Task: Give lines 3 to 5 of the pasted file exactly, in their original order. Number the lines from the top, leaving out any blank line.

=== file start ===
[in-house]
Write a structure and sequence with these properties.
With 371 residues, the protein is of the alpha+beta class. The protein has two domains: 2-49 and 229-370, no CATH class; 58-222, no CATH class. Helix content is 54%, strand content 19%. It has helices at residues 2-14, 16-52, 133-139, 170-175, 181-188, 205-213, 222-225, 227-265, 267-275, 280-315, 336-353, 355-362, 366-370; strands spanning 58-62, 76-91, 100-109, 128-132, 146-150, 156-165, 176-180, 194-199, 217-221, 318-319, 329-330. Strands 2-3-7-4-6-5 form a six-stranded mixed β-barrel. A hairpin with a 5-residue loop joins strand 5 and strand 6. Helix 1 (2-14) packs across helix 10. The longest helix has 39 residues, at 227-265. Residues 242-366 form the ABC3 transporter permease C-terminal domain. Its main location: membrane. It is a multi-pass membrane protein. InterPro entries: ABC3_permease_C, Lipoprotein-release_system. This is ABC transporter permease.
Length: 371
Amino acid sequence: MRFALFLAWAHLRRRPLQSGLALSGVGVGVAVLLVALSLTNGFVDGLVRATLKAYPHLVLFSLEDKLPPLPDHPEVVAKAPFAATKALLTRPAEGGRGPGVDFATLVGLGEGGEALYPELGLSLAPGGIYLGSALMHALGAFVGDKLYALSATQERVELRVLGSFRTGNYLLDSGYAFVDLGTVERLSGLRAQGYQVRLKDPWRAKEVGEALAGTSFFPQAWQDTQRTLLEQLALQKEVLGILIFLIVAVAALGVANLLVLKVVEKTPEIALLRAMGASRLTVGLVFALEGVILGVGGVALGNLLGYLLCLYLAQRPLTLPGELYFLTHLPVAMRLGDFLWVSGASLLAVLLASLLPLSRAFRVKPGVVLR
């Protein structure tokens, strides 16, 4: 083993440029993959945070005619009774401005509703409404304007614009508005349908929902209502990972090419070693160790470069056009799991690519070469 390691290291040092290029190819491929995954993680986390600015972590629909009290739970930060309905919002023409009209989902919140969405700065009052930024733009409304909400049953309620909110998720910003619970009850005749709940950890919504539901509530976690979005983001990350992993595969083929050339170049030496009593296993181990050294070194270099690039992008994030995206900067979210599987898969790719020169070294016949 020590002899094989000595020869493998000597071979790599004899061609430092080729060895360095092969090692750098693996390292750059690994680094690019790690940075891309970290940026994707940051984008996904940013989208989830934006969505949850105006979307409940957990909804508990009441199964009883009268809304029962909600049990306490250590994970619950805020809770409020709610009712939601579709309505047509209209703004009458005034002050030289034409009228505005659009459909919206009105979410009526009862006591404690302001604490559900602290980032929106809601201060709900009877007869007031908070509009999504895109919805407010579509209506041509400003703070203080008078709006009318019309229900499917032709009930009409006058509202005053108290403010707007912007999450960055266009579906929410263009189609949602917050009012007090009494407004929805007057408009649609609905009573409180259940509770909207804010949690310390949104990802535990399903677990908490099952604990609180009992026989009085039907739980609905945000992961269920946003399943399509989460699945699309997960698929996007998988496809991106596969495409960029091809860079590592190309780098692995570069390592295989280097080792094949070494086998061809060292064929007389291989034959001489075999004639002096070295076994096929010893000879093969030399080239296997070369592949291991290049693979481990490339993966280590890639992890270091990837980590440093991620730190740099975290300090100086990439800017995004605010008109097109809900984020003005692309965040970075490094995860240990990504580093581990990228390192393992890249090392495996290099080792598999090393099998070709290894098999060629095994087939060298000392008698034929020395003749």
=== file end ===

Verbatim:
With 371 residues, the protein is of the alpha+beta class. The protein has two domains: 2-49 and 229-370, no CATH class; 58-222, no CATH class. Helix content is 54%, strand content 19%. It has helices at residues 2-14, 16-52, 133-139, 170-175, 181-188, 205-213, 222-225, 227-265, 267-275, 280-315, 336-353, 355-362, 366-370; strands spanning 58-62, 76-91, 100-109, 128-132, 146-150, 156-165, 176-180, 194-199, 217-221, 318-319, 329-330. Strands 2-3-7-4-6-5 form a six-stranded mixed β-barrel. A hairpin with a 5-residue loop joins strand 5 and strand 6. Helix 1 (2-14) packs across helix 10. The longest helix has 39 residues, at 227-265. Residues 242-366 form the ABC3 transporter permease C-terminal domain. Its main location: membrane. It is a multi-pass membrane protein. InterPro entries: ABC3_permease_C, Lipoprotein-release_system. This is ABC transporter permease.
Length: 371
Amino acid sequence: MRFALFLAWAHLRRRPLQSGLALSGVGVGVAVLLVALSLTNGFVDGLVRATLKAYPHLVLFSLEDKLPPLPDHPEVVAKAPFAATKALLTRPAEGGRGPGVDFATLVGLGEGGEALYPELGLSLAPGGIYLGSALMHALGAFVGDKLYALSATQERVELRVLGSFRTGNYLLDSGYAFVDLGTVERLSGLRAQGYQVRLKDPWRAKEVGEALAGTSFFPQAWQDTQRTLLEQLALQKEVLGILIFLIVAVAALGVANLLVLKVVEKTPEIALLRAMGASRLTVGLVFALEGVILGVGGVALGNLLGYLLCLYLAQRPLTLPGELYFLTHLPVAMRLGDFLWVSGASLLAVLLASLLPLSRAFRVKPGVVLR